Left Coast / Right Coast: The Future of Television

Since the widespread implementation of the Internet many of the things that have been in our lives for 50 years or longer are undergoing a radical change. Television is one of them. I was a kid when wide scale nationwide television became a reality. I recall our first TV set.
Mike Gold living the dream in the Pacific Northwest. Photo credit: Scott Brown.

By Mike Gold, a retired entrepreneur "living the dream in the Pacific Northwest."

Since the widespread implementation of the Internet many of the things that have been in our lives for 50 years or longer are undergoing a radical change. Television is one of them.

I was a kid when wide scale nationwide television became a reality.  I recall our first TV set. It was in a massive wooden box, probably four feet high and two feet wide and deep with a small black and white nine inch diagonal screen.

It had those so-called rabbit ears antenna which sat on top of the TV. Since the antenna was inside one’s home, you would often have to adjust the antenna to get the best reception for each network – which depended upon where the transmission originated from.

In those days programming (or content – a key word as we shall see) was limited to three major television networks, NBC, CBS and ABC. In those days the content was in many cases developed by the networks themselves. So, you would see lots of news programs, lots of documentaries, and some TV series.

You would also see movies on these networks. In those cases, the network would make a deal with the movie studios (such as Paramount, Universal, MGM - Metro Goldwyn Mayer, Warner Brothers and others) to broadcast an existing movie either a single time, or sometimes multiple times.

The movie studios would develop the movies with a script written in most cases by writers who had contracts with the studio and would be filmed in a studio owned by the company. To this day these studios are in many cases still in existence.

Over time, thousands of individuals would write and submit movie scripts to the studios with the hope of making a large one-time sale or better still, sign a contract with the studio to write more than one major film.

Back in those days, dirty words were not used in major movies and especially in movies that the studio expected to be seen later on TV. Comedian George Carlin was famous for his routine about these seven prohibited dirty words.

Now let’s jump to the very recent past (say the late 1990’s). Companies figured out that they could create a cable service broadcast on a separate dedicated wire – for a monthly fee. That gave many more opportunities for content to be developed for sale.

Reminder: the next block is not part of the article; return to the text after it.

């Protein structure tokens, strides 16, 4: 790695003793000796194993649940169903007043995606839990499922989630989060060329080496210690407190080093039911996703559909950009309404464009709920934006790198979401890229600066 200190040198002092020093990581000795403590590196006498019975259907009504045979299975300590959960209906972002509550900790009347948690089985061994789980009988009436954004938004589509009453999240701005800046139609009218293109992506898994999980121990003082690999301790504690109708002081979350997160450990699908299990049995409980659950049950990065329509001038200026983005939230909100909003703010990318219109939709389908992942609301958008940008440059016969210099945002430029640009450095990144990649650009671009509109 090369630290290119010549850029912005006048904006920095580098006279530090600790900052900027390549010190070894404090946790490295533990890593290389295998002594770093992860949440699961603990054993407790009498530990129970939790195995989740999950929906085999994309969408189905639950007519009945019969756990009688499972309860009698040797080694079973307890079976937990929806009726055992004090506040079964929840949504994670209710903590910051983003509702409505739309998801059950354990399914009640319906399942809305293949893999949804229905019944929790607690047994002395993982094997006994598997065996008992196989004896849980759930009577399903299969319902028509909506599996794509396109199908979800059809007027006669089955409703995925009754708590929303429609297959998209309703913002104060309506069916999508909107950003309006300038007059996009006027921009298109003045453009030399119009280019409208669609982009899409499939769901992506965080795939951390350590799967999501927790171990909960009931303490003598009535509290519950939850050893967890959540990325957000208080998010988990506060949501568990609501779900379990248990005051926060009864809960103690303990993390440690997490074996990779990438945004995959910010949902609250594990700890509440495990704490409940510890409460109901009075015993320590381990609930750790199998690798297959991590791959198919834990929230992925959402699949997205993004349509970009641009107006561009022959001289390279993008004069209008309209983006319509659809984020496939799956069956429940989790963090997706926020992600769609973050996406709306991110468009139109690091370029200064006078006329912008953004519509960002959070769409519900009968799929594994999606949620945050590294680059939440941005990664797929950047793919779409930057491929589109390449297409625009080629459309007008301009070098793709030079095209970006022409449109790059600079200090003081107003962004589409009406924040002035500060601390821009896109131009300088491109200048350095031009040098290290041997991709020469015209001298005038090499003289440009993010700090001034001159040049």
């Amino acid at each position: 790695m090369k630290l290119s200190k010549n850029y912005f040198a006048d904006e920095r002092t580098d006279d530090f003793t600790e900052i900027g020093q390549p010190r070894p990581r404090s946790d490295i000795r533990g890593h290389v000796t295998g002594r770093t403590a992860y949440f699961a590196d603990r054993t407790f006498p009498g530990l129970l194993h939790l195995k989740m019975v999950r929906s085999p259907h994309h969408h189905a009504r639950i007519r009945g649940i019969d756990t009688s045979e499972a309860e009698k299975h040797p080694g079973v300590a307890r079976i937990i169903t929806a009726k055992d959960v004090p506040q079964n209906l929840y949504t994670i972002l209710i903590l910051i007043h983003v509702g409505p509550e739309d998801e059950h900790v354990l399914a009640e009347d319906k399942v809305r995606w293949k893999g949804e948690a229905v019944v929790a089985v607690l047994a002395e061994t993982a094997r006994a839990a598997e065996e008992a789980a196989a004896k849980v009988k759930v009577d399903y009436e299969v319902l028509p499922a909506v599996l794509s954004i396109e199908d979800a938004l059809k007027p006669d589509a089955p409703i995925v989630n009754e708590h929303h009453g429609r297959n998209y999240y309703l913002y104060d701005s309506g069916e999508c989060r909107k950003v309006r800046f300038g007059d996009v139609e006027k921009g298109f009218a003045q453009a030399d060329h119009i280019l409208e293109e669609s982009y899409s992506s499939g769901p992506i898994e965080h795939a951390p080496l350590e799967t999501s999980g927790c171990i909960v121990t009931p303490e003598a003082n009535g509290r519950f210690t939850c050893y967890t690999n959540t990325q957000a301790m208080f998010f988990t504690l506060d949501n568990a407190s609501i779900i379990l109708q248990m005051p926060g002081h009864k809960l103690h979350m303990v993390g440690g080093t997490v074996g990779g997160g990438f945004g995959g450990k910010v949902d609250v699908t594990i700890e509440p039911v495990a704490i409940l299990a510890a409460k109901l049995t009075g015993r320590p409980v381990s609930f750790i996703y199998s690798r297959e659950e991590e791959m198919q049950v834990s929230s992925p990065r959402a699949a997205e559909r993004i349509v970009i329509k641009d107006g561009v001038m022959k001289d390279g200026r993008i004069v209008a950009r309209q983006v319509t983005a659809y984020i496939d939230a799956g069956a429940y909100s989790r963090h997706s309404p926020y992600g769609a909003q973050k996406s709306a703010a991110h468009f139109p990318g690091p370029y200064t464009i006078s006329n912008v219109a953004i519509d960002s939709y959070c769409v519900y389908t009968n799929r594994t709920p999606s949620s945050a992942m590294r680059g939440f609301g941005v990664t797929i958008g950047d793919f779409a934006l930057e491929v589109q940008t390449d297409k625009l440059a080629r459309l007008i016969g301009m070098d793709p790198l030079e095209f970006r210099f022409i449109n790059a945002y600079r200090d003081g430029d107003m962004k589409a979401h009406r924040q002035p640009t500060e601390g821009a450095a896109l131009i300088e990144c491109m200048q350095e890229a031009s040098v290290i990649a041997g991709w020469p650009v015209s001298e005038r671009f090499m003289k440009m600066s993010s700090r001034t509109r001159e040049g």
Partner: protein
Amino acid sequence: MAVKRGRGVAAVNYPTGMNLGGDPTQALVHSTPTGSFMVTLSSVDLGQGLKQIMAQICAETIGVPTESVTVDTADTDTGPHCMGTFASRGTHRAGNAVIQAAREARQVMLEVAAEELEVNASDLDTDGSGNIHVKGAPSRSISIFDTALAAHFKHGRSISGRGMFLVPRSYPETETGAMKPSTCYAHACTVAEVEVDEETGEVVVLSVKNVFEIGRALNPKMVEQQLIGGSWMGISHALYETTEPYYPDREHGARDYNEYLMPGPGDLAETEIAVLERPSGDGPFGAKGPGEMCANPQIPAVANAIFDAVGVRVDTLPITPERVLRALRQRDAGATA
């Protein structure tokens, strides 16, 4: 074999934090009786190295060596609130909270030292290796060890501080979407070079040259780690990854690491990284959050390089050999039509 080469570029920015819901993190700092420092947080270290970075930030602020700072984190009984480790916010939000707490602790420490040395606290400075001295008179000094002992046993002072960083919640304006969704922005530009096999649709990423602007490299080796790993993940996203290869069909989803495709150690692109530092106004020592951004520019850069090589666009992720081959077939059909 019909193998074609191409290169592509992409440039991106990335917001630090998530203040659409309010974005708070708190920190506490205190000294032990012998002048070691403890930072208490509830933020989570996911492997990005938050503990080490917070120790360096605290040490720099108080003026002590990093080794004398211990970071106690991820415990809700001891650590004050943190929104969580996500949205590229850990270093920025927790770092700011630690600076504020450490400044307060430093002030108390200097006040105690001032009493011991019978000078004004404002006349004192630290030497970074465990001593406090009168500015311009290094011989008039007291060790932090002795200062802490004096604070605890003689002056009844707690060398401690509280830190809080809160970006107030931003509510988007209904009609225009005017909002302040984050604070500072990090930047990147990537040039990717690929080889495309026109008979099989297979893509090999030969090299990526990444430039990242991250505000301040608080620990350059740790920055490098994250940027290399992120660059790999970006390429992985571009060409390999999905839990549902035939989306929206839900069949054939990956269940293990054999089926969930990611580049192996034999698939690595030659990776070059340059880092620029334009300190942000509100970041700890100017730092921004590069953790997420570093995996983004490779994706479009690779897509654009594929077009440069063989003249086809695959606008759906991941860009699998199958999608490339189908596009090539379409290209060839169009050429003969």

The number of scripts submitted to movie companies and outlines for TV series multiplied by the thousands. We saw the rise of independent production companies in the hundreds. Famous movie stars would often create their own production companies so they could have complete control of the career path of that star.

Now with the rise of the Internet, and Google and their Internet service YouTube, anyone can create and post their own original content for viewing.

Frankly, near 100% of the postings are very poorly constructed. Unsubstantial plot lines, poor character development, sometimes none of that at all. (If you want to see a video of someone brushing their teeth, picking their nose and/or doing just about any disgusting thing you can imagine – just tune in YouTube.) In fact, today over 500 hours of video are uploaded to YouTube every minute!

So, what to do? Well, in our entrepreneurial society, that is an opportunity. Hence, we have streaming services created basically by Netflix who invented the genre. They made “deals” to broadcast on the internet the content from just about everyone.

Well guess what? All the larger “owners/creators” of content (think Disney), or just about anyone else interested in this market (think Amazon), are now entering the distribution streaming service business.

Netflix has a problem in that all their original deals for content owned by someone else are choosing not to renew with Netflix. Each company thinks they can capture a significant percentage of this multi-billion-dollar business.

For those companies who do not have an extensive library of content, they have started their own studios – often in the very movie studios that were owned by the former giant independent studios listed above. So, Netflix and Amazon are now developing billions of dollars creating original content every year. Disney has just started a streaming service and on and on it goes.

Many of my friends have cancelled their cable service. For the public airwaves network TV stations, they have gone back to an in-house antenna. For TV series or movie content, they subscribe to one or more relatively inexpensive streaming services. Most of them are around $10/month or so.

Here’s what I predict. Many streaming services will go broke. The revenue will not match the cost of either licensing or producing their own content. In addition, you will see the rise of independent production/streaming services that will develop a “cult” following making inexpensive films with cheap handheld cameras and no-name stars (think the Blair Witch Project).

So, if we follow this path, we will eventually see a movie on a streaming service (probably broadcast at 3:00 am to an audience of 300) called: “How I came to love picking my nose.”


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